I'm very new to all this so bear with me. When you say "bleed" do you mean "change" the brake fluid? At the moment, I'm not in a position to do it myself. What's involved and how do you know you need to do it? Thanks for your help.

By the way I had the brake fluid changed to ATE Super Blue after 3 DE's (novice). I ran 1 DE and am now moving to the intermediate group. I'm guessing that I will need to pay more attention to the brake fluid and oil as I progress.

Norman

Norman, Loren's DIY tells you how to bleed using a power bleeder. But, keep your car serviced and don't worry about brake fluid, tires, etc. until you start outdriving (or in my case, overdriving) your equipment. Presuming you're driving a GT3 or RS around the track, congratulations! Your equipment should be fine until you start overbraking or really get going fast enough that you need to put that much heat into the braking system.

You will know you need to bleed your brakes by your pedal starting to feel soft when you are braking. Don't worry, this is not something you have to be looking for, you will know when it happens. And, it is simply compensated for by [a] pushing harder and then pumping the brake pedal in an extreme situation. That said, learn the line, be smooth and make sure your brakes have been bled within your region's requirements.

Regarding definitions, bleeding as I use it means getting the air and any contaminated fluid out of your calipers and close vicinity. In my vocabulary, flush means replacing as much old fluid for new, as can be done, plus a little extra to make sure you have as much air and water out of your brake and clutch system as possible. BTW, all brake fluid is hygroscopic (it absorbs moisture), and the pedal goes soft because the water boils and becomes vapor and vapor compresses (this is where the soft pedal comes from), whereas liquids do not.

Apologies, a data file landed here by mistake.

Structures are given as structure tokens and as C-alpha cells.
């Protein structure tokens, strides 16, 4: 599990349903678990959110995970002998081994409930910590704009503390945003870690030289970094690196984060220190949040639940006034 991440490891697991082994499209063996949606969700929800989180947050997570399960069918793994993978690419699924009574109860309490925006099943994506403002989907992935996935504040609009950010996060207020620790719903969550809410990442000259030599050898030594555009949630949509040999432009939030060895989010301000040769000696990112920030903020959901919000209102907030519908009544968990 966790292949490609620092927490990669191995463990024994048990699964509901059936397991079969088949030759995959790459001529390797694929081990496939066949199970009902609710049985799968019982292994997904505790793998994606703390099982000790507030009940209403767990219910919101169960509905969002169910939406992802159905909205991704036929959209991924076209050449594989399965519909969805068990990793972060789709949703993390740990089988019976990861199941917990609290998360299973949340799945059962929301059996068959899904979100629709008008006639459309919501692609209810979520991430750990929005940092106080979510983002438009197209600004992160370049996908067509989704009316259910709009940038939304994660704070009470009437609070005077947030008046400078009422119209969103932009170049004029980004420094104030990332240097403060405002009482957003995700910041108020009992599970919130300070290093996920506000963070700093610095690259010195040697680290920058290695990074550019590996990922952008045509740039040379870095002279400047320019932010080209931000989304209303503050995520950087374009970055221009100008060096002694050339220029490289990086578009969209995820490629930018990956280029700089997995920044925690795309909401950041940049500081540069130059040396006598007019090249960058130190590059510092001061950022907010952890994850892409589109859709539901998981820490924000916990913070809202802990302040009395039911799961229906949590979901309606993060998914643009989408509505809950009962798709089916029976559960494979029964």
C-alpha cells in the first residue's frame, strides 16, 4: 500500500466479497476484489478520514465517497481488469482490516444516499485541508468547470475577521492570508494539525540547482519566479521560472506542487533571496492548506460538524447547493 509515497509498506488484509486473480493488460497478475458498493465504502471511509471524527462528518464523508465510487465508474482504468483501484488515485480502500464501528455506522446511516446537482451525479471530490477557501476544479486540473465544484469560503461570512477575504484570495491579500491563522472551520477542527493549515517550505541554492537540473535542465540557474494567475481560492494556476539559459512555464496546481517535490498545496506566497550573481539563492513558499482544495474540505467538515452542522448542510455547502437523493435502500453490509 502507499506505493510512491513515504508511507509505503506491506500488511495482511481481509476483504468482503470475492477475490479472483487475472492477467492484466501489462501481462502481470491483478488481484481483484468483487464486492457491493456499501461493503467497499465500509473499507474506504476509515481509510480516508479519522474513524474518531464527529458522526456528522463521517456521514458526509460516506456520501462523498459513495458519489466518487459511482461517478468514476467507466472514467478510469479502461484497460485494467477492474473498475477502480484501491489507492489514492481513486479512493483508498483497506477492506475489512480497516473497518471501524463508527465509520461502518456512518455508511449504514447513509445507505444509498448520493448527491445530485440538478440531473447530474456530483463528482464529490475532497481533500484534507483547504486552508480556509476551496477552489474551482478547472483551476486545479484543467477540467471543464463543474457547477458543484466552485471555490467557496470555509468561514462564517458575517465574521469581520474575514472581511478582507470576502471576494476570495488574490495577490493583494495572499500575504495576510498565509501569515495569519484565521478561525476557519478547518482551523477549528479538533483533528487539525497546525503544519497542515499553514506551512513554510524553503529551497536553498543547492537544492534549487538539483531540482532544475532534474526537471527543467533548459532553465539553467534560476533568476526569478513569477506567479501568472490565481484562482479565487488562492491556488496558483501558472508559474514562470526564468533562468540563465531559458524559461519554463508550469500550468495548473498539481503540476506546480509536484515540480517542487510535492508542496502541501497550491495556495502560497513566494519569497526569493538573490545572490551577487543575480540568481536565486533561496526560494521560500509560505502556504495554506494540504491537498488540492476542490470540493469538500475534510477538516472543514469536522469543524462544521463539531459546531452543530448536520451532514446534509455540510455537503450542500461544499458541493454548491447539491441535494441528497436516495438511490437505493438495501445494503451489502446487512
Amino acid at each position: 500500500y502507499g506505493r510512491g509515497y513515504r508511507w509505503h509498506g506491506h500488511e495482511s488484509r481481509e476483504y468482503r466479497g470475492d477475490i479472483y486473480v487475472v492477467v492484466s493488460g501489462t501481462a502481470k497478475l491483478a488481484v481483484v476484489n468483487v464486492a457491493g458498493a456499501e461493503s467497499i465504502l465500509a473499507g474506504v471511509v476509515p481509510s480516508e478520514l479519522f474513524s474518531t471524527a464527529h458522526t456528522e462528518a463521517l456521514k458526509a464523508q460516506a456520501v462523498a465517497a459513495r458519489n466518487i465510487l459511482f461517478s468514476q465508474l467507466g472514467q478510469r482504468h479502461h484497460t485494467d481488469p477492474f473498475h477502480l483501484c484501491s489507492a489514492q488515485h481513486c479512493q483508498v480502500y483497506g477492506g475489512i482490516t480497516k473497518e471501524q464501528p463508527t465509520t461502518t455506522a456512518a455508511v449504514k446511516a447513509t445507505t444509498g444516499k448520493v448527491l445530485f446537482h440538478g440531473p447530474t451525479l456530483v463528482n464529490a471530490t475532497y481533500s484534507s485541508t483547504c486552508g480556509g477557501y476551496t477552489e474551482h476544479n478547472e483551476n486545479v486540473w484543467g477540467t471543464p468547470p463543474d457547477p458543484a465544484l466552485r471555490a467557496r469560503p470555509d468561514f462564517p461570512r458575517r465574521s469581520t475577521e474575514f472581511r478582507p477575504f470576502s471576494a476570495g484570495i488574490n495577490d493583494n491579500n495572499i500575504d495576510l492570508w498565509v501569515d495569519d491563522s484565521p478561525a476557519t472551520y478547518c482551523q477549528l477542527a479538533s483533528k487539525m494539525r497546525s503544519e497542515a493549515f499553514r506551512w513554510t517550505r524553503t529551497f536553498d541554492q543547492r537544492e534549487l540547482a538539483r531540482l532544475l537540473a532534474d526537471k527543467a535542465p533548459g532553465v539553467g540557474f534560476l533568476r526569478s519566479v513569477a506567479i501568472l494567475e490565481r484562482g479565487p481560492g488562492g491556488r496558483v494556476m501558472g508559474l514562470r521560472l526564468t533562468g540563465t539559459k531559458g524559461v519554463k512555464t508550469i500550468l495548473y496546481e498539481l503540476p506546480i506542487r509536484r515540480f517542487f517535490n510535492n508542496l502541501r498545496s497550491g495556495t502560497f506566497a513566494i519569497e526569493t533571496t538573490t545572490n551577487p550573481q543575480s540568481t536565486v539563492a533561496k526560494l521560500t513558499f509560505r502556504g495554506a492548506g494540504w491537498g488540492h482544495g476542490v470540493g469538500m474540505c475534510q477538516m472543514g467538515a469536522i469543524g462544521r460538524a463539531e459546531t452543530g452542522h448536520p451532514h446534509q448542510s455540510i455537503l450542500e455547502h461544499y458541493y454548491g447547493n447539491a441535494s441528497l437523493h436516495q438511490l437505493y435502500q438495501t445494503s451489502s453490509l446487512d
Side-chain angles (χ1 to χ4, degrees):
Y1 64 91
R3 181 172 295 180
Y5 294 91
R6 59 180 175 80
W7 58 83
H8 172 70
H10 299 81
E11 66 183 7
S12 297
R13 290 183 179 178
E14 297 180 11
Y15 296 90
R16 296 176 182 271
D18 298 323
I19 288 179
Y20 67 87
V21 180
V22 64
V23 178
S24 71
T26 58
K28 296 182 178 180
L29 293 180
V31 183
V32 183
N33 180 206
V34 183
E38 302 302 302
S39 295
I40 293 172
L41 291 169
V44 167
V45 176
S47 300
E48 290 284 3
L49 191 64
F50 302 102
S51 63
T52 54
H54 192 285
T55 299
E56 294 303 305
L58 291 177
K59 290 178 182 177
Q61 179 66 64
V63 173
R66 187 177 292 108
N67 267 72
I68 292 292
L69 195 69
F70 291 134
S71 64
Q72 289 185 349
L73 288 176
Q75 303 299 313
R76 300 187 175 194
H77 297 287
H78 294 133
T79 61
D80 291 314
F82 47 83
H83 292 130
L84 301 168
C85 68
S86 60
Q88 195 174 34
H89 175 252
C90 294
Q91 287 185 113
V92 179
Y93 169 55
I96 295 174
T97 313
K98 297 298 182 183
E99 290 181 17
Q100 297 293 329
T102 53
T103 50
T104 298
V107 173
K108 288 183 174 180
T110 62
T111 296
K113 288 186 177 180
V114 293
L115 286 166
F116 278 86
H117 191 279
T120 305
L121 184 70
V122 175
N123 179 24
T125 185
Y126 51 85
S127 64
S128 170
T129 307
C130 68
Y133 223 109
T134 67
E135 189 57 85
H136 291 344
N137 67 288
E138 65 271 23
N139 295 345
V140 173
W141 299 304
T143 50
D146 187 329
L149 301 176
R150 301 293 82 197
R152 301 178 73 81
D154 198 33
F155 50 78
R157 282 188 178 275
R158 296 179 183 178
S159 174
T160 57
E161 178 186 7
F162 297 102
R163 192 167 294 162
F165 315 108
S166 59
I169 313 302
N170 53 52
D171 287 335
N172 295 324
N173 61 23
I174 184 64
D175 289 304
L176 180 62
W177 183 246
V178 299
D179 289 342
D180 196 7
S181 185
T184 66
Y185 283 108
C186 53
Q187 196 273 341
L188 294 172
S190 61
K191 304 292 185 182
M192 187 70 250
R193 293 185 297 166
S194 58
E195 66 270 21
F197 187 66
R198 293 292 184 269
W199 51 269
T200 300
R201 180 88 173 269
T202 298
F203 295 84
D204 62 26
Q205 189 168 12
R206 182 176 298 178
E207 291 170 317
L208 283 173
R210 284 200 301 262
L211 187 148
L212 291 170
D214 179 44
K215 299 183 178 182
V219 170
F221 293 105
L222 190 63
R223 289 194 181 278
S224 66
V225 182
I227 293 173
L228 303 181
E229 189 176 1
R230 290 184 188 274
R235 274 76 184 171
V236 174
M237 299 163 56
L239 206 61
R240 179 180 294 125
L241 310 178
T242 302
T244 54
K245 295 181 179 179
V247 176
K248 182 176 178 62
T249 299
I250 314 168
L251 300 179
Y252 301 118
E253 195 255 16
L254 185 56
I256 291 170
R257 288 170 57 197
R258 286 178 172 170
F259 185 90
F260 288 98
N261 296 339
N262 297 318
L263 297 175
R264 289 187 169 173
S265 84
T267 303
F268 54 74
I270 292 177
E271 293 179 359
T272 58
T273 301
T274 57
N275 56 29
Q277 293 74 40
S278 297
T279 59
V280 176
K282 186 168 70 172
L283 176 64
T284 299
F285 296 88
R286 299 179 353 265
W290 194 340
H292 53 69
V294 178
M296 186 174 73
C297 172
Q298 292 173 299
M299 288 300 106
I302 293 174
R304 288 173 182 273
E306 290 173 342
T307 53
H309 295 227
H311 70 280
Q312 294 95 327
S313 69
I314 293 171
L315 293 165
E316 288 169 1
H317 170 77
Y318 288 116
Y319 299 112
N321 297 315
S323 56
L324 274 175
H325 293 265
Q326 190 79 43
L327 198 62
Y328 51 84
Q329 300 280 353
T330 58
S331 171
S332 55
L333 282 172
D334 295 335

Link to comment
Share on other sites

QP

I'm very new to all this so bear with me. When you say "bleed" do you mean "change" the brake fluid? At the moment, I'm not in a position to do it myself. What's involved and how do you know you need to do it? Thanks for your help.

By the way I had the brake fluid changed to ATE Super Blue after 3 DE's (novice). I ran 1 DE and am now moving to the intermediate group. I'm guessing that I will need to pay more attention to the brake fluid and oil as I progress.

Norman